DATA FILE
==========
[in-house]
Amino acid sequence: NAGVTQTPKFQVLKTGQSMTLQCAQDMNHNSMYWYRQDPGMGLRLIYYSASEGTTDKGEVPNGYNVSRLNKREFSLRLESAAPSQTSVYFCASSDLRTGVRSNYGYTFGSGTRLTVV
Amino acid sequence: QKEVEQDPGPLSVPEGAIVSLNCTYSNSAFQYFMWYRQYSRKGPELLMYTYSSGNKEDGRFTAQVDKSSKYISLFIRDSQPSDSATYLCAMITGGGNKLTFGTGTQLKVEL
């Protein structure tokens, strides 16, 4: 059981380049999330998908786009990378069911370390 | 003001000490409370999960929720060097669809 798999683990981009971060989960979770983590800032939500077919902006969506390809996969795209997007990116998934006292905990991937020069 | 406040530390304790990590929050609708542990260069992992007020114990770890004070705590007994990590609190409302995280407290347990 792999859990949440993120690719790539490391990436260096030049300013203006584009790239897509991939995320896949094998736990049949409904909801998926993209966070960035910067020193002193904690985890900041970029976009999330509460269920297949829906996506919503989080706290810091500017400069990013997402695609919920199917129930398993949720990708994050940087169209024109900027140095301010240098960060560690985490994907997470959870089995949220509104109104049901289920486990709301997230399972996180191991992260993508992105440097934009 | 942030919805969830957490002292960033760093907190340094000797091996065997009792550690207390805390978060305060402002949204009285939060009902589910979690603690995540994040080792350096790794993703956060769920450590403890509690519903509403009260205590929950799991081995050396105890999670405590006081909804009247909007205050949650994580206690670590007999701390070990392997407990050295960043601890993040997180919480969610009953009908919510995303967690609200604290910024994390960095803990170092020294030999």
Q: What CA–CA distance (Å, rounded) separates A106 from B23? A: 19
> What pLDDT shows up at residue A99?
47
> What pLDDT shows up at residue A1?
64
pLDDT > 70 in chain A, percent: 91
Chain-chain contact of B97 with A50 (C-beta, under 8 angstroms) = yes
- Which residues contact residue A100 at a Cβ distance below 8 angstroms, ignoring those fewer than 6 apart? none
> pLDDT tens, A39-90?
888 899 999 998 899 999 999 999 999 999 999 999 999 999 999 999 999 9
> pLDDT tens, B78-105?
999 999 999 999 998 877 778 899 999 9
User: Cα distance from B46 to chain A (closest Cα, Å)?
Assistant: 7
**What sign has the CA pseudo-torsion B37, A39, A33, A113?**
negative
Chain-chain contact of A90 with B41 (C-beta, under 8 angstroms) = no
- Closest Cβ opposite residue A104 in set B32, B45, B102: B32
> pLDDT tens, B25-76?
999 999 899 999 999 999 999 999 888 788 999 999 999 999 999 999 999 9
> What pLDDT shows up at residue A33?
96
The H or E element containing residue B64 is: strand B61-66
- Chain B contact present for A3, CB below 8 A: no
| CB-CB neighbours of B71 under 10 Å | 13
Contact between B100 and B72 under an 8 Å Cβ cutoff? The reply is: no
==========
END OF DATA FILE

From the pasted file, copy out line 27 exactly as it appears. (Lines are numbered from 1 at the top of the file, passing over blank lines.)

The H or E element containing residue B64 is: strand B61-66